In a press release issued late Tuesday afternoon, the city of Bloomington announced that city hall, on Morton Street in downtown, is now closed to visitors.
The move is part of several measures being taken on the local, state and national levels to curb the spread of the COVID-19 pandemic virus.
Bloomington’s closure of city hall is based on Indiana governor Eric Holcomb’s order, issued on Monday, that orders citizens to stay at home and that government activity be limited to “essential government functions.”
The city hall building no longer needs to be accessible to the public to attend public meetings, due to another order issued by the governor on Monday, which allows a public body to meet, even if no member of the body is physically present. The public has to be allowed access to the teleconference or videoconference.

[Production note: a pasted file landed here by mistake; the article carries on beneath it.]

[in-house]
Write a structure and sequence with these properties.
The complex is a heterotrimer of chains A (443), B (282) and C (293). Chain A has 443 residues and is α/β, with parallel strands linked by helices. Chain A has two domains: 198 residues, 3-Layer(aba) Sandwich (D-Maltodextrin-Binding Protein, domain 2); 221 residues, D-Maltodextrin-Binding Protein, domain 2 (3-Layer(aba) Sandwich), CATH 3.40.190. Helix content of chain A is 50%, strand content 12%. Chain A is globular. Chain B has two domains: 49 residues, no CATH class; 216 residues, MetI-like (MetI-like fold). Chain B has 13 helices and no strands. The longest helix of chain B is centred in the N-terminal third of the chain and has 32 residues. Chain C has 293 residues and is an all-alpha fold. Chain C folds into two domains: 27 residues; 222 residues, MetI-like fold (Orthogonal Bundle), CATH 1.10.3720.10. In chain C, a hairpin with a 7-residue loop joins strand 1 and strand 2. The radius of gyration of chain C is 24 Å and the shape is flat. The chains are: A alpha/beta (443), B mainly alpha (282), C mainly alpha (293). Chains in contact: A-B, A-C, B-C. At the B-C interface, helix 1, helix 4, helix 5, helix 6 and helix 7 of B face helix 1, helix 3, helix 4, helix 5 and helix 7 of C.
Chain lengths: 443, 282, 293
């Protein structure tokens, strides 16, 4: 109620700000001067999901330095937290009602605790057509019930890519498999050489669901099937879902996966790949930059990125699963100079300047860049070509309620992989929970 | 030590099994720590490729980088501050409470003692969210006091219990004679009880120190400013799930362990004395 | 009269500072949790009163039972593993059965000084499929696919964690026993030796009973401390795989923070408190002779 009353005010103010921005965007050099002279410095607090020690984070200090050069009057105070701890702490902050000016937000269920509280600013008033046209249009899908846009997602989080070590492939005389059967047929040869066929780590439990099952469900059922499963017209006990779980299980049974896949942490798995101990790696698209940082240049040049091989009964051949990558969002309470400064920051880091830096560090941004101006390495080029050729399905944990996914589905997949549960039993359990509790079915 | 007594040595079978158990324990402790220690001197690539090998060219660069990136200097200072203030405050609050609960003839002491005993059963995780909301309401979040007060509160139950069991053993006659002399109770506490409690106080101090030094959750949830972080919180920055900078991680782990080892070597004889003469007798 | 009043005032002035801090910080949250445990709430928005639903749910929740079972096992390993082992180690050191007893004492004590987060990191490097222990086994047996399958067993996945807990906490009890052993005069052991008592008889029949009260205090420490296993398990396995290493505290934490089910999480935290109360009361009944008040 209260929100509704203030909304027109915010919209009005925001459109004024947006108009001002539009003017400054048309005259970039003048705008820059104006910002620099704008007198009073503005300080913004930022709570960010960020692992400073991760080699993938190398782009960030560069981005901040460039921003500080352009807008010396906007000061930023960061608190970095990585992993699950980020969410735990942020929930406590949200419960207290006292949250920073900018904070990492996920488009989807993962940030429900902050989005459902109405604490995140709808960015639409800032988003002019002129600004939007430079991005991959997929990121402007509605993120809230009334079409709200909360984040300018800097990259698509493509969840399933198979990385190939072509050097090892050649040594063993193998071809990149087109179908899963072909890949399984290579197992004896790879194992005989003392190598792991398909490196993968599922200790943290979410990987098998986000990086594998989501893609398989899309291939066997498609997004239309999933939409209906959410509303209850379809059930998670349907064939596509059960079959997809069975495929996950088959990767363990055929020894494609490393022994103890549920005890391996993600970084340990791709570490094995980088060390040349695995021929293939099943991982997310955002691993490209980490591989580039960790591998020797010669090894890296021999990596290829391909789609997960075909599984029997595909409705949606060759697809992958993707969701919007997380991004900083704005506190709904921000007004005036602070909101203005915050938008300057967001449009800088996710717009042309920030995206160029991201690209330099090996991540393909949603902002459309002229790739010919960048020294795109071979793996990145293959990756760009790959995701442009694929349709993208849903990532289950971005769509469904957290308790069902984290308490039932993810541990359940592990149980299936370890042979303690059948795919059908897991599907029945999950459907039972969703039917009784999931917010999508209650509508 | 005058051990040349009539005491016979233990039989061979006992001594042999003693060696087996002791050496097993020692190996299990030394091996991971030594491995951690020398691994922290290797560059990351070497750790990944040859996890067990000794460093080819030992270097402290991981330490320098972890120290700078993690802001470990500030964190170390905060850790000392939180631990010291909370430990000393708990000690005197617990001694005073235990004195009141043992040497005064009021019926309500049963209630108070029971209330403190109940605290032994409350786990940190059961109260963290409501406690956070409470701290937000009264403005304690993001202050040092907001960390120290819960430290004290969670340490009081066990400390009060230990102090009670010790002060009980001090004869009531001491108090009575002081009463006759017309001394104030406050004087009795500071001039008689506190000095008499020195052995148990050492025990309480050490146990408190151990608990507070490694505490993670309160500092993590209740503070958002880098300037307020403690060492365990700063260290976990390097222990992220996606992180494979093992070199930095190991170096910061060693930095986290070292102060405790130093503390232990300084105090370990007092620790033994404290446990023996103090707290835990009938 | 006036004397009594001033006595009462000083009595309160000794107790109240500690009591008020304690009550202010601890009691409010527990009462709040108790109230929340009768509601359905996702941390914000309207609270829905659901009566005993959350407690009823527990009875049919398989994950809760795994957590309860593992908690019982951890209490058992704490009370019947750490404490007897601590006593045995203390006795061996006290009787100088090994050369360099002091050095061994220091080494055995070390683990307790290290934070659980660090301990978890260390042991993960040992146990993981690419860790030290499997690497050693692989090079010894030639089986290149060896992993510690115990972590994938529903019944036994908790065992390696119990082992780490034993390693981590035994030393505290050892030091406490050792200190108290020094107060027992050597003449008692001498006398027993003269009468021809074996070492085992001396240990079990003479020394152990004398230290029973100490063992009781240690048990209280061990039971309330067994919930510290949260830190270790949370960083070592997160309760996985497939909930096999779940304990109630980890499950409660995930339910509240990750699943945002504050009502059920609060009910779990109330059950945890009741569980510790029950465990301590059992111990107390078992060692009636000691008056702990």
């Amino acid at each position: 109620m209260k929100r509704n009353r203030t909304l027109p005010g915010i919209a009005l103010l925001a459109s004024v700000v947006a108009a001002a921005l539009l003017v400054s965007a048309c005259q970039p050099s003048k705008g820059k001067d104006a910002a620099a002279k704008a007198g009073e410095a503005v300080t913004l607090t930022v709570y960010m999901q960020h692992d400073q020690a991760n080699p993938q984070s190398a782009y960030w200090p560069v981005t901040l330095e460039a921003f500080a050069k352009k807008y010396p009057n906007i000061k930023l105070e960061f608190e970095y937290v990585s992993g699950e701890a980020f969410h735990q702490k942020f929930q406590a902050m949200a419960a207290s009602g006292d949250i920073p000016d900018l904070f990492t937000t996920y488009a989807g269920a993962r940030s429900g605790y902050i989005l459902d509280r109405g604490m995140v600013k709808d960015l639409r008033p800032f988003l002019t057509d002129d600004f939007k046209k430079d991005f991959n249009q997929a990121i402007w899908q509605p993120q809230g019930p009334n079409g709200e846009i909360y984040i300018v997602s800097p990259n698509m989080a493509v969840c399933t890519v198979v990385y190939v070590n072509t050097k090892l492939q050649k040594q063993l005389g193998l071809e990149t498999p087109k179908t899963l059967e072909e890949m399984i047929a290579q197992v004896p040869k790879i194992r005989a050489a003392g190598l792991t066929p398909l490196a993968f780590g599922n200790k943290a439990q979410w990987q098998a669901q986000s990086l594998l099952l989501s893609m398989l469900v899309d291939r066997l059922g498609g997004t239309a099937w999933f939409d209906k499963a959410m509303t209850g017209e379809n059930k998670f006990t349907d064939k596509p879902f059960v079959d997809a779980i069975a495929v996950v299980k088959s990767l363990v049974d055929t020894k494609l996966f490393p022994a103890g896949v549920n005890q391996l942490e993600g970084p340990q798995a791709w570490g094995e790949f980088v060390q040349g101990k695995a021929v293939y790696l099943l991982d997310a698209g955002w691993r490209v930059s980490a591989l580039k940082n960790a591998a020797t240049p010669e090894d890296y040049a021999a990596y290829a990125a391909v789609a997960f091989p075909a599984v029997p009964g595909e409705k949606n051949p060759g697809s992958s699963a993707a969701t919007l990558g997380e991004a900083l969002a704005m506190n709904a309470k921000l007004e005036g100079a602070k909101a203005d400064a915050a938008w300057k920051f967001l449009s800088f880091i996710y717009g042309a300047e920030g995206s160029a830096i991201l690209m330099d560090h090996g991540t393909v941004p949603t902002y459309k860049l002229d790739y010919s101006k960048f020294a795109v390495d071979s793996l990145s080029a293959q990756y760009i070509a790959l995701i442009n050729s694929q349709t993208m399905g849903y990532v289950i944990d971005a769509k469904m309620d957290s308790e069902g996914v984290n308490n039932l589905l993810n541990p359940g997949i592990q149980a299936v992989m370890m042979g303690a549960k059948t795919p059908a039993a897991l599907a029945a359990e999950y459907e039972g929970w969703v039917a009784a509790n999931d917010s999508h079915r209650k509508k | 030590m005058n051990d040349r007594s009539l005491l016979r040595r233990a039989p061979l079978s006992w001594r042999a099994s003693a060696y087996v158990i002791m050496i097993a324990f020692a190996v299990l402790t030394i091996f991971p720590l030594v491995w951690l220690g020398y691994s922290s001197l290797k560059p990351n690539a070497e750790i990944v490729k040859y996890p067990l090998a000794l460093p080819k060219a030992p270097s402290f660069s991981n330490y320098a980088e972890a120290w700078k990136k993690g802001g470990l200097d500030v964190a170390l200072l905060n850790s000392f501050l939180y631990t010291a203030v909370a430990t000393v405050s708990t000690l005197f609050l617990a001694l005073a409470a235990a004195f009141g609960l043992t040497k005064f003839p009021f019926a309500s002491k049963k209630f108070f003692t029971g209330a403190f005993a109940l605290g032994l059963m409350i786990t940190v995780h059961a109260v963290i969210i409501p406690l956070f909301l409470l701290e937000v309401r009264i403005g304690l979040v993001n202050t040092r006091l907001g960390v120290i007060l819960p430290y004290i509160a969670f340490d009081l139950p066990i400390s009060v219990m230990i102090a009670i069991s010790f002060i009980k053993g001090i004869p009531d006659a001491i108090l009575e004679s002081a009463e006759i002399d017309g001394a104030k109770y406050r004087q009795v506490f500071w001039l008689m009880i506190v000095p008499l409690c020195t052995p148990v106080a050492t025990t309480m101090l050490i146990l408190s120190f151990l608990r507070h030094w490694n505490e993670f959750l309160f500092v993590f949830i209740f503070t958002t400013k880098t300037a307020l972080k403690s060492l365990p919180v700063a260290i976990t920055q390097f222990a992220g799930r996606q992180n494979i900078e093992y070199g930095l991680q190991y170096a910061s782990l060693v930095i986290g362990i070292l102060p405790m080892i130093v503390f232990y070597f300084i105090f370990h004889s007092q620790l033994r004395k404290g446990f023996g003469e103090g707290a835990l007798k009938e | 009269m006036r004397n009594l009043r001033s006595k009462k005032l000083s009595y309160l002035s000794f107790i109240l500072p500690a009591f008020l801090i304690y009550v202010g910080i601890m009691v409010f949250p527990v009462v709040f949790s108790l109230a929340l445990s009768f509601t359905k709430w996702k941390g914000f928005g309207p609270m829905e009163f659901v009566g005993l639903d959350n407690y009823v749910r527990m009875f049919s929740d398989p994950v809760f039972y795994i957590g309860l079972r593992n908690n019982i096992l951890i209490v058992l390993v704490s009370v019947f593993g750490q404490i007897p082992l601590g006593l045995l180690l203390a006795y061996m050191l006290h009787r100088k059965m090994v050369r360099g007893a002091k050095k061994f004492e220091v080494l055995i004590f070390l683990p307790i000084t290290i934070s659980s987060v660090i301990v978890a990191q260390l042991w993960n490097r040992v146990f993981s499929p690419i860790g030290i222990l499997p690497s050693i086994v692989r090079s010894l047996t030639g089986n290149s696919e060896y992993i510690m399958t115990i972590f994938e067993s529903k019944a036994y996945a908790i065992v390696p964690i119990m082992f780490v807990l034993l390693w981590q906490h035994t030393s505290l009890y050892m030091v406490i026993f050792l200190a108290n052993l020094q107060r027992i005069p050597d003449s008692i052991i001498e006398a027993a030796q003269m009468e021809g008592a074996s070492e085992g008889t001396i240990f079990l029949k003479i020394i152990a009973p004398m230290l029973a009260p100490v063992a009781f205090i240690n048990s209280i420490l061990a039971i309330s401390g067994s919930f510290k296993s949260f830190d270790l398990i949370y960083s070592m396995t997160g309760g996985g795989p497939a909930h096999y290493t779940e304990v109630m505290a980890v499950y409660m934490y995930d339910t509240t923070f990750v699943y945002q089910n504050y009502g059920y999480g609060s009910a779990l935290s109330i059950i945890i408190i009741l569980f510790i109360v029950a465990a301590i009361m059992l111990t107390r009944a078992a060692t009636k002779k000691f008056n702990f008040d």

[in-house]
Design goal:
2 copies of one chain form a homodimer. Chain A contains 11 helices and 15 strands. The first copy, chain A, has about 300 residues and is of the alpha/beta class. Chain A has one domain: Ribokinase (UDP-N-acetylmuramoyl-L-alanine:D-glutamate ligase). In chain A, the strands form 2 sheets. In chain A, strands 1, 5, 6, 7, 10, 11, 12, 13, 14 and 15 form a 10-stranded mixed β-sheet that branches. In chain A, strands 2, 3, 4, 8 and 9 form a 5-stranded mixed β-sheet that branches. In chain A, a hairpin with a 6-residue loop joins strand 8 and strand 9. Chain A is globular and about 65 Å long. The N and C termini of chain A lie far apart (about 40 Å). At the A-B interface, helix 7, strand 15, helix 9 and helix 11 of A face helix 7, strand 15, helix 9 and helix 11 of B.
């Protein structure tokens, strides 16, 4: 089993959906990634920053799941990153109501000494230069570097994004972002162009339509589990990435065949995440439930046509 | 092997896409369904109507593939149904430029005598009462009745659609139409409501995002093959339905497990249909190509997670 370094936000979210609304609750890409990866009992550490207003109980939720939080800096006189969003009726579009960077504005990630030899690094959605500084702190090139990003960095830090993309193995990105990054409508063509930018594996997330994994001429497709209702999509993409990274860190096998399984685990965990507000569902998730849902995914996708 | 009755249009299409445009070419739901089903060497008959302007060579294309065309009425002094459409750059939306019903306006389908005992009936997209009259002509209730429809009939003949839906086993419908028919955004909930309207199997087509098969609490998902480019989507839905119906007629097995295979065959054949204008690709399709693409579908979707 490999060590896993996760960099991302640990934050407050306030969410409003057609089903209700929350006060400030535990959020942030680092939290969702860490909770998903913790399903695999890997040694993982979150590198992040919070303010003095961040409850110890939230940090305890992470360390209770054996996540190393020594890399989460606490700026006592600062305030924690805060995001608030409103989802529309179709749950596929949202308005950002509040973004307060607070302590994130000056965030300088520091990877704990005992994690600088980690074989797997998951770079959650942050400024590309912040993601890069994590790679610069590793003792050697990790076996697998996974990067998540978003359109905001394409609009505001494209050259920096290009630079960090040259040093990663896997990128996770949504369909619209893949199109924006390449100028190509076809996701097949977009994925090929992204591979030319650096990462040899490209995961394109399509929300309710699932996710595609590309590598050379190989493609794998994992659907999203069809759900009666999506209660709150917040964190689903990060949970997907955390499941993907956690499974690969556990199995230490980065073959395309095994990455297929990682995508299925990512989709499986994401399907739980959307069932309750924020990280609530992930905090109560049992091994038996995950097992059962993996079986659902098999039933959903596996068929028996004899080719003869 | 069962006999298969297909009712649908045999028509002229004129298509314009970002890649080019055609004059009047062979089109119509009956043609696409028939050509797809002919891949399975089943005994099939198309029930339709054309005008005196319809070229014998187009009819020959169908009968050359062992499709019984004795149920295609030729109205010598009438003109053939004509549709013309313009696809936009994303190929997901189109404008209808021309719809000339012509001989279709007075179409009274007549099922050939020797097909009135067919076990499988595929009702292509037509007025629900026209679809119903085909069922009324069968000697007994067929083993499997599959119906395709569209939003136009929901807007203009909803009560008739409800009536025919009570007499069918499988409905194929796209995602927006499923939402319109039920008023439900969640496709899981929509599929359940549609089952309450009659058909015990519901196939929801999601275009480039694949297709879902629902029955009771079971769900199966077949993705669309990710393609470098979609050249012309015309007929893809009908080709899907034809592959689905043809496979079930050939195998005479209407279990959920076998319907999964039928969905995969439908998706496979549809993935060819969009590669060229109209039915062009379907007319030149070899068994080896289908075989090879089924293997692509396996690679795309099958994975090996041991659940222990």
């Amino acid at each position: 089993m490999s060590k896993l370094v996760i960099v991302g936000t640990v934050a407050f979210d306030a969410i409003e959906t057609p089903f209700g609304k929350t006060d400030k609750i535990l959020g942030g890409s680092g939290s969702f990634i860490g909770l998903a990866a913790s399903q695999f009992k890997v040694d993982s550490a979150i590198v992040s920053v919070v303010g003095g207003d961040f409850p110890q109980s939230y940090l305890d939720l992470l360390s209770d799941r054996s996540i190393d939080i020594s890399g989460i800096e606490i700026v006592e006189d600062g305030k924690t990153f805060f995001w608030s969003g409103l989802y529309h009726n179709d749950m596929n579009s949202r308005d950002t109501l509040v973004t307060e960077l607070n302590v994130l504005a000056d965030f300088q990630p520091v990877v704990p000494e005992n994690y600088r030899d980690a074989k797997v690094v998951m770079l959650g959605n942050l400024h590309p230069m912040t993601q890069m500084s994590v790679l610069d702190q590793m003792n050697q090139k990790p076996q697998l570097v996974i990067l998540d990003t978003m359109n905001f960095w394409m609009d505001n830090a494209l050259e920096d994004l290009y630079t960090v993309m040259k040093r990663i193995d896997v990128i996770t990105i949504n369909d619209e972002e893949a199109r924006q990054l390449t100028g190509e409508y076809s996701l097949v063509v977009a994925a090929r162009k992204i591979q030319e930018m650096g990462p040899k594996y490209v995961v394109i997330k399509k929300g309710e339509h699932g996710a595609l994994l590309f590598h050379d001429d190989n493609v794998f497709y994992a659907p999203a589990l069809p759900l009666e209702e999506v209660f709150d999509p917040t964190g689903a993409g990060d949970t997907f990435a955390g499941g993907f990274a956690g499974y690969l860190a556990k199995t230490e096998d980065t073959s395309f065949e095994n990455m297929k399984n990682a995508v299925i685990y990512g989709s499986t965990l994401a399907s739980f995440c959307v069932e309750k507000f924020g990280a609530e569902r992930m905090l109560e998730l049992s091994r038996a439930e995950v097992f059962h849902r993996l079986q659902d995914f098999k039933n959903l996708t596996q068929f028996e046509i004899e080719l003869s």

According to the press release, parks and trails are still to be open to visitors from 5 a.m. to 11 p.m. daily, but playgrounds and workout stations are off limits. According to the press release, they’ll be will be marked off with caution tape and signs.
As of late afternoon Tuesday, the playground areas of Switchyard Park were not yet marked off. Bloomington’s deputy mayor, Mick Renneisen, told The Square Beacon that parks staff had started on the task of marking off the city’s 26 playground facilities, but had not yet reached Switchyard Park.
The press release states that “city government continues to deliver core services including public safety, water and wastewater treatment and supply, transit, street maintenance, sanitation, and public housing.” City Staff who work in the field continue to do so, while those who can work remotely have been able and encouraged to do that already for the last two weeks, according to the release.
According to the press release, city workers who can’t do their regular job because of the reduction in operations are being temporarily reassigned within the city. The press release says that all regular full- and part-time city workers will continue to be paid during the period of the governor’s stay-at-home order.